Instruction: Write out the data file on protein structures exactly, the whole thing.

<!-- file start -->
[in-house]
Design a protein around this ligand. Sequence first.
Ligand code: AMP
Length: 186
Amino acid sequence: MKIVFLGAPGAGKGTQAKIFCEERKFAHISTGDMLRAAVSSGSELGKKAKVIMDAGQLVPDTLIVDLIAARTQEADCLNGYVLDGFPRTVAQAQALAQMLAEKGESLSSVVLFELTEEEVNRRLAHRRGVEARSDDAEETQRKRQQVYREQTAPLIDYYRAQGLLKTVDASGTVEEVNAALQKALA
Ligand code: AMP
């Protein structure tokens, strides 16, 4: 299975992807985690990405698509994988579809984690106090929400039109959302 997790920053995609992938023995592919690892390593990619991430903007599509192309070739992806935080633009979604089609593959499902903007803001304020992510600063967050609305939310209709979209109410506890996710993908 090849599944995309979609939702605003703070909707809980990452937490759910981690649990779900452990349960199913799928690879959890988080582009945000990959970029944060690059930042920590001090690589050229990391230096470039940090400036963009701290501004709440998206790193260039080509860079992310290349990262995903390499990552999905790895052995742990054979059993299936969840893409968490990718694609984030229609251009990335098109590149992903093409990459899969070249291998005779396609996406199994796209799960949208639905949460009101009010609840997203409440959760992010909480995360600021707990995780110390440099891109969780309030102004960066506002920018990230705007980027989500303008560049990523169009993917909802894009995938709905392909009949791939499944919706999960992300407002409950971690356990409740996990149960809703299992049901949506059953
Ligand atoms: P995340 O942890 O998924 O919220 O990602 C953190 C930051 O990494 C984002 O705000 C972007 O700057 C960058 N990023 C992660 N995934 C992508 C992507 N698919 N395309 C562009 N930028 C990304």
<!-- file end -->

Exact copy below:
[in-house]
Design a protein around this ligand. Sequence first.
Ligand code: AMP
Length: 186
Amino acid sequence: MKIVFLGAPGAGKGTQAKIFCEERKFAHISTGDMLRAAVSSGSELGKKAKVIMDAGQLVPDTLIVDLIAARTQEADCLNGYVLDGFPRTVAQAQALAQMLAEKGESLSSVVLFELTEEEVNRRLAHRRGVEARSDDAEETQRKRQQVYREQTAPLIDYYRAQGLLKTVDASGTVEEVNAALQKALA
Ligand code: AMP
């Protein structure tokens, strides 16, 4: 299975992807985690990405698509994988579809984690106090929400039109959302 997790920053995609992938023995592919690892390593990619991430903007599509192309070739992806935080633009979604089609593959499902903007803001304020992510600063967050609305939310209709979209109410506890996710993908 090849599944995309979609939702605003703070909707809980990452937490759910981690649990779900452990349960199913799928690879959890988080582009945000990959970029944060690059930042920590001090690589050229990391230096470039940090400036963009701290501004709440998206790193260039080509860079992310290349990262995903390499990552999905790895052995742990054979059993299936969840893409968490990718694609984030229609251009990335098109590149992903093409990459899969070249291998005779396609996406199994796209799960949208639905949460009101009010609840997203409440959760992010909480995360600021707990995780110390440099891109969780309030102004960066506002920018990230705007980027989500303008560049990523169009993917909802894009995938709905392909009949791939499944919706999960992300407002409950971690356990409740996990149960809703299992049901949506059953
Ligand atoms: P995340 O942890 O998924 O919220 O990602 C953190 C930051 O990494 C984002 O705000 C972007 O700057 C960058 N990023 C992660 N995934 C992508 C992507 N698919 N395309 C562009 N930028 C990304």